The time required for sampling and measurement should also be considered to avoid the high cost of oversampling.
Taking a Rational Subgroup When Sampling
After determining when to sample and how many products to sample, we must ensure that our sampling itself is rational. Each sample should be random. A random sample
is a sample in which every product within the population has an equal chance of being selected. That might sound simple and obvious, but we must be careful not to introduce bias into our sampling and risk some products having a higher probability of being selected than others.
Let’s say we are baking three pizza pies in a deep brick oven. Checking only the first pie, closest to the door, doesn’t give us any information on how the other two pies are cooking. If the oven’s temperature isn’t consistent throughout, then this type of sampling bias could result in a couple of burned, or undercooked, pizzas.
Considerations for Designing a Sampling Plan
The following are some reasonable considerations for designing a sampling plan:
- Who will be collecting the data?
Evaluate the abilities of the operator collecting the data. How much time does the operator have? Does the operator have adequate resources to collect the data?
Focus on key characteristics. Always remember that it costs money to sample.We should focus on the characteristics that are critical to controlling the process.
- Where or at what point in the process will the sample be taken?
The sample should be taken at a point in the process that allows the data to be used for process control.
- When will the process be sampled?
Samples must be taken often enough to reflect shifts in the process. A good rule of thumb is that two subgroups are taken between process shifts.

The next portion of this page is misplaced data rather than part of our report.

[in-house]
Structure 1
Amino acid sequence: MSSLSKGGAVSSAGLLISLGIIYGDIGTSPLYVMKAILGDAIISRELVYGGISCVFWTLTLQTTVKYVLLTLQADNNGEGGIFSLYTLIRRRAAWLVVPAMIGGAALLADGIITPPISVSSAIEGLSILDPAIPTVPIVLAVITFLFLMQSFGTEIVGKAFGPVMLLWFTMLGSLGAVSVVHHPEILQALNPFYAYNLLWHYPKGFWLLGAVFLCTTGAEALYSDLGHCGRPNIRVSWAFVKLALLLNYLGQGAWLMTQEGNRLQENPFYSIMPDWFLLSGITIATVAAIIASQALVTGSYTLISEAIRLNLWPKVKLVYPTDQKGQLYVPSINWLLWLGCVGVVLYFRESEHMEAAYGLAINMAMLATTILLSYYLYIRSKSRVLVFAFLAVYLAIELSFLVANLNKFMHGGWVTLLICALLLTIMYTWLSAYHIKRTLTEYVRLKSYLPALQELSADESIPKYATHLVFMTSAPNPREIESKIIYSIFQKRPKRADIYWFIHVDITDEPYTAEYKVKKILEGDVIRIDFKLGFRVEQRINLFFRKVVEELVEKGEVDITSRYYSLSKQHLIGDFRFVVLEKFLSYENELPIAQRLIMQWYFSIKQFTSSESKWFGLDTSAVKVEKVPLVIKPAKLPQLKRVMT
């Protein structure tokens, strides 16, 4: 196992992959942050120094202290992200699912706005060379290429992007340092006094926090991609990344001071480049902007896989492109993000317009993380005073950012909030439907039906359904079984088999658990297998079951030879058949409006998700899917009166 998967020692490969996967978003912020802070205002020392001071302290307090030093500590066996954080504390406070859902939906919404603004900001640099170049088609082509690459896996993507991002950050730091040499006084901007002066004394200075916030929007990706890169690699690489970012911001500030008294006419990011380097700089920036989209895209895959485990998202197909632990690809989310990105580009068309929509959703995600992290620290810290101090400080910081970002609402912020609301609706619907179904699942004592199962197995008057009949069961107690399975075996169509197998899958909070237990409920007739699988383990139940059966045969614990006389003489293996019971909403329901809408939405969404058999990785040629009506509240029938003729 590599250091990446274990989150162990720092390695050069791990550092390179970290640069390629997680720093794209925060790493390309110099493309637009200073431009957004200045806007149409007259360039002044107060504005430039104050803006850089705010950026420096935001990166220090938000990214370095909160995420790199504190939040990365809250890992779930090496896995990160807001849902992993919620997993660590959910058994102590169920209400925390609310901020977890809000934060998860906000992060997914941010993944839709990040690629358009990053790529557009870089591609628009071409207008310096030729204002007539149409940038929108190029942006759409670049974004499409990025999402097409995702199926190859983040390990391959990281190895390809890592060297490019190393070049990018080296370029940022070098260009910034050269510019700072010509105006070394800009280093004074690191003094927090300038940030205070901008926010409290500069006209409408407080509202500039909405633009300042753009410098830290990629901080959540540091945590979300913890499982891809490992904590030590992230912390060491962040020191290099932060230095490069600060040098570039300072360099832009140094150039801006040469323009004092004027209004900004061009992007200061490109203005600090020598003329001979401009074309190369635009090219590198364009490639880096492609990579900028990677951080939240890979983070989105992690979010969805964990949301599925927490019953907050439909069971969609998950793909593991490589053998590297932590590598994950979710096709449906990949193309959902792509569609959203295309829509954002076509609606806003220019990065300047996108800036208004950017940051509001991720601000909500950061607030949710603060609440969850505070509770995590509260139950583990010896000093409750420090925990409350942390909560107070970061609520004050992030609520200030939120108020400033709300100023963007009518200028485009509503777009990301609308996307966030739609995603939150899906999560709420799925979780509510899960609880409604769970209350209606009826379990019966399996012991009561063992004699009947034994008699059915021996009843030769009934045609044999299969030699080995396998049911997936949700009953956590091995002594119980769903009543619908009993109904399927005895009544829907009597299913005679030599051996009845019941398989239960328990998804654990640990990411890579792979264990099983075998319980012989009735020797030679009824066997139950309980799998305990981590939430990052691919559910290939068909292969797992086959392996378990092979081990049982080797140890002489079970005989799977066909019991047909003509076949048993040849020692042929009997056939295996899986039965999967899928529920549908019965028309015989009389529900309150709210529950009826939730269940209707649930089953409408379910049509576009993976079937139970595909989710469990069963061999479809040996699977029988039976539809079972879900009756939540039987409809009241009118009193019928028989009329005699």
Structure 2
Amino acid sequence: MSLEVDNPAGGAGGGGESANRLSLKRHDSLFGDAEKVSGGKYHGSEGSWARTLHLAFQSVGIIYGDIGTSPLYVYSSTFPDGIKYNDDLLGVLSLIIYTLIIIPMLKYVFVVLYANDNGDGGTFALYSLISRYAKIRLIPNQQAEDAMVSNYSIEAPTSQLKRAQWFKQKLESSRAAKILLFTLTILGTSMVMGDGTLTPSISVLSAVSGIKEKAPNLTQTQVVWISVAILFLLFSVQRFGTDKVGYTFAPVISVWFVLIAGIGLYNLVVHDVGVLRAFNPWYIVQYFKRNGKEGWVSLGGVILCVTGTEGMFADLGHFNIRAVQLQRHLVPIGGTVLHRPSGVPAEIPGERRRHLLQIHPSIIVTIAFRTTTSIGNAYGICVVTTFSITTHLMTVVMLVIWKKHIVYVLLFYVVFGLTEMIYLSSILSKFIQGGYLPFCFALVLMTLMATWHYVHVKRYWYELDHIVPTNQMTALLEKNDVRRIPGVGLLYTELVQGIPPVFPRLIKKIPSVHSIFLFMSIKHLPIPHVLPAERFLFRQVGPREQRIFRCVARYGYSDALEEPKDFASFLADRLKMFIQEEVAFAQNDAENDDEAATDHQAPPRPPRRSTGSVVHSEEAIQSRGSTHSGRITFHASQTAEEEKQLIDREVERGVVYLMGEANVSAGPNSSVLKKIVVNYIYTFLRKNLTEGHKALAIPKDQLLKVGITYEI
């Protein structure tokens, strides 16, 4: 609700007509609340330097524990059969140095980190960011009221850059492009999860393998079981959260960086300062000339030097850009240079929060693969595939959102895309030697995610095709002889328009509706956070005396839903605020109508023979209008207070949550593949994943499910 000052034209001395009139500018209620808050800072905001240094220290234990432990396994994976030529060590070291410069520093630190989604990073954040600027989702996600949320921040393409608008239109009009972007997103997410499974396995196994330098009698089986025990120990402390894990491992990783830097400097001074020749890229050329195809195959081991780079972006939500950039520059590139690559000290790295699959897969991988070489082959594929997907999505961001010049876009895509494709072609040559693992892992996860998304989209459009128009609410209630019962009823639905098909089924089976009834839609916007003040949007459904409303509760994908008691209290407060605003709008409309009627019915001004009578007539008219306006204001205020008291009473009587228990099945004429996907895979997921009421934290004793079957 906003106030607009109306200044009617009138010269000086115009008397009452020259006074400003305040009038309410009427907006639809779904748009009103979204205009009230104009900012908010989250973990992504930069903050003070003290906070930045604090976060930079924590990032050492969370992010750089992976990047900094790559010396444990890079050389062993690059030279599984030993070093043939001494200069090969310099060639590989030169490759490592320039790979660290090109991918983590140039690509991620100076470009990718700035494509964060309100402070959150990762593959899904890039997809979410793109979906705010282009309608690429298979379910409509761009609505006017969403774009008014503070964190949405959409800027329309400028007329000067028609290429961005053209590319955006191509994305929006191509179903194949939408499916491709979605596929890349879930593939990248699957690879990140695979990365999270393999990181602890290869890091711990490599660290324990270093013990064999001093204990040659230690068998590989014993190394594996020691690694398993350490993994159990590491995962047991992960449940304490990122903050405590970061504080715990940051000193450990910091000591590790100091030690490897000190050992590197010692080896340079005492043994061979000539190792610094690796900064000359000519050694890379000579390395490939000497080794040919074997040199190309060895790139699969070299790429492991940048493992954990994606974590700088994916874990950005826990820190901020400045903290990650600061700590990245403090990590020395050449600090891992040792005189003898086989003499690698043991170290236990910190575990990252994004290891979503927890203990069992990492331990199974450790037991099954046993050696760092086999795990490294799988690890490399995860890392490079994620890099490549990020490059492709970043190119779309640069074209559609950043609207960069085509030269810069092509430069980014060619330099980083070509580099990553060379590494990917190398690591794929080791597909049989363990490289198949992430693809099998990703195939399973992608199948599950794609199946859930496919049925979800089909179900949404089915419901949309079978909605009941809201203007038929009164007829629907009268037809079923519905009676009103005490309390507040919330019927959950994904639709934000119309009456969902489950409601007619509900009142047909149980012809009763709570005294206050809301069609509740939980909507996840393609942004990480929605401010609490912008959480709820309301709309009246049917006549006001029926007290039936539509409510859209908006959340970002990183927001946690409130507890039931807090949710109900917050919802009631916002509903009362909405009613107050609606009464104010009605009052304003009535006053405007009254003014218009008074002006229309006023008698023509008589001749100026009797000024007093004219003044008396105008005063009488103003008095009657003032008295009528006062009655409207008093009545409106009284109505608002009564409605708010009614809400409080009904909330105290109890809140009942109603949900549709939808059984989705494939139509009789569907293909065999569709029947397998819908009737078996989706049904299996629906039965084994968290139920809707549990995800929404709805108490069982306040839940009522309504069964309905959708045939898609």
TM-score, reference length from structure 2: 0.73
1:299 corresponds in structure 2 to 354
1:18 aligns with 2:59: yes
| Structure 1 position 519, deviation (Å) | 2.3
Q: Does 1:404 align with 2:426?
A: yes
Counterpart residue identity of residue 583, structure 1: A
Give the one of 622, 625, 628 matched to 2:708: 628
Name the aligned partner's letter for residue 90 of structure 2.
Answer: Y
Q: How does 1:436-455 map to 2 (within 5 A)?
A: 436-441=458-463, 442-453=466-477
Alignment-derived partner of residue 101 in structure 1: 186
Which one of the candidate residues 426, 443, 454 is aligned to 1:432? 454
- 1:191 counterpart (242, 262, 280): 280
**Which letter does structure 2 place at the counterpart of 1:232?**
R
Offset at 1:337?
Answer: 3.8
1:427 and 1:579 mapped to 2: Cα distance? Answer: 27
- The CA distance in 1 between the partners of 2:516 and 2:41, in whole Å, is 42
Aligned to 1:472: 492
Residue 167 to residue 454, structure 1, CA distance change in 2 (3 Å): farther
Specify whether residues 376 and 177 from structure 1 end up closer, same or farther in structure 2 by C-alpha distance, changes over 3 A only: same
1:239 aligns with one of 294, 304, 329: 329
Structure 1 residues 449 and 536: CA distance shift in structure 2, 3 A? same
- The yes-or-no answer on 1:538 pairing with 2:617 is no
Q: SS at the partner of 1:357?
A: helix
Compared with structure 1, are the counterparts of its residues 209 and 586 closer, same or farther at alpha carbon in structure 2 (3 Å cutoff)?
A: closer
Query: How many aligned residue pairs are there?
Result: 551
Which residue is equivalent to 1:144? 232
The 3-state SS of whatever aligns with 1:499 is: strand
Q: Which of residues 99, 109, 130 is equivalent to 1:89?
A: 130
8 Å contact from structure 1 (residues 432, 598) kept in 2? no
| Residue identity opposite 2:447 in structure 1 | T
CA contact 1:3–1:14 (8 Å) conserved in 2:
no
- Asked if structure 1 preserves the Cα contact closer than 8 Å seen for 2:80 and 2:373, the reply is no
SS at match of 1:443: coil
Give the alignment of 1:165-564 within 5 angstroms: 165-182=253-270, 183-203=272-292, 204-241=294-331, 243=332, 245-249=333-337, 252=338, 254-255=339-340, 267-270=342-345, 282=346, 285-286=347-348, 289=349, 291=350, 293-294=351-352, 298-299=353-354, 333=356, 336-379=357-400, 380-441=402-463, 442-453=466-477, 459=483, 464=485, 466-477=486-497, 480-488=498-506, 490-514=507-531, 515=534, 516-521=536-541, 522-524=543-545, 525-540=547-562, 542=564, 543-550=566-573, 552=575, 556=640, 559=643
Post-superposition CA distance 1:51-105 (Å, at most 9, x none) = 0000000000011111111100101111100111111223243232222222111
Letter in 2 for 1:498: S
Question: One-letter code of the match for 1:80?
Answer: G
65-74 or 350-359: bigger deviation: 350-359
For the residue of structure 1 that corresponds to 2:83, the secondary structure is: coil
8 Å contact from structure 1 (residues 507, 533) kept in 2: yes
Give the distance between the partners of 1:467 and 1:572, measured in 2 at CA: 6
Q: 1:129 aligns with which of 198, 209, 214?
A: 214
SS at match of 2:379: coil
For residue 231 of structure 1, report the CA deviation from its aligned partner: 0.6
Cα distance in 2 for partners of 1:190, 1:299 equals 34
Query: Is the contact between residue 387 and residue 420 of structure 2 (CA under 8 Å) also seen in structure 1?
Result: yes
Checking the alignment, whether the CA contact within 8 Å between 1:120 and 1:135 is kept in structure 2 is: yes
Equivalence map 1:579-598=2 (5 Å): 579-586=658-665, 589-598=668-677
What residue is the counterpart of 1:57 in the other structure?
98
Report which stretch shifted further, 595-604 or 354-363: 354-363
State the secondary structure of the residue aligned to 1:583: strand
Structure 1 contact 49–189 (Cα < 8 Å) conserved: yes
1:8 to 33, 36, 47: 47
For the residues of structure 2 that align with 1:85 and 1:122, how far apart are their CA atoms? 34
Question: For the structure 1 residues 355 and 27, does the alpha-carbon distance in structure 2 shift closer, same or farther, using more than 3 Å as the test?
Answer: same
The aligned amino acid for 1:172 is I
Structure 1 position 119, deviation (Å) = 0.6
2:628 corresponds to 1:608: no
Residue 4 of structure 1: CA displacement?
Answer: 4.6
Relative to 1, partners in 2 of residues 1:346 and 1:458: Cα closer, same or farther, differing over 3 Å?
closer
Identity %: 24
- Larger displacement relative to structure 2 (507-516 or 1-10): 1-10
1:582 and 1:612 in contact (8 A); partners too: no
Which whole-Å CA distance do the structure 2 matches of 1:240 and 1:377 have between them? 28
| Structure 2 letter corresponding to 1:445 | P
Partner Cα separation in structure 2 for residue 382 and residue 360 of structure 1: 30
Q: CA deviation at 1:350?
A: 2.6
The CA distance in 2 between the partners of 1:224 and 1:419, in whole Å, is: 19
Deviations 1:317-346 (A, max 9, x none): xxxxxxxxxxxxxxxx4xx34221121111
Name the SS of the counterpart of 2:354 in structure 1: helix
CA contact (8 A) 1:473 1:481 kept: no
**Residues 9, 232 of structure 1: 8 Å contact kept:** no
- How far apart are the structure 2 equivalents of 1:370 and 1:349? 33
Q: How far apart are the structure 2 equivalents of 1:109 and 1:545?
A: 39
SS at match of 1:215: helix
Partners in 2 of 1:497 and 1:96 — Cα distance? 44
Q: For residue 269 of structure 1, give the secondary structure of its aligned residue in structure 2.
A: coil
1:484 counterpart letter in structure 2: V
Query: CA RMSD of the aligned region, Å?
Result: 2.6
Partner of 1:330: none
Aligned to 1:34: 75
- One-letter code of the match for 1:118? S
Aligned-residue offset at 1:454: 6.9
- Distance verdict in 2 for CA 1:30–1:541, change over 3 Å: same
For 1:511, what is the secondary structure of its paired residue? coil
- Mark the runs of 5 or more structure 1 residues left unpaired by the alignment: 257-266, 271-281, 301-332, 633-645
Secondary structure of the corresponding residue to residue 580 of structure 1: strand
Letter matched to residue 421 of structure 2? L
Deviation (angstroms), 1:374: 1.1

- Why is this sample being taken?
Will the data be used for product control or process control?
- How will the data be collected?
Will samples be measured or evaluated by hand, or will the data be retrieved from an automated measurement source?
- How many samples will be taken?
The sample quantity should be adequate for control without being too large and creating control limits that are “too sensitive.”
As a closing thought, and a chance to refer to another CCR song... In the first blog, we focused on stopping the rain, or deluge of data, by controlling sampling frequency. CCR wrote another rain song entitled, “Have You Ever Seen the Rain?” In it, Fogerty sings, “Yesterday and days before / Sun is cold and rain is hard / I know been that way for all my time.” My thought is this: Just because you’ve been oversampling for a while now, does not mean that has to continue.
We don’t want to oversample or sample too frequently, but we need to “see” the data to start the improvement process. Don’t spend too much time or worry over creating the “perfect” sampling plan. You’ll benefit from collecting data and understanding your process with adequate, rational sampling—so please don’t postpone the gains!
Please feel free to go back and read Part 1 of this blog: Who'll Stop the Rain? A Look at Sampling Frequency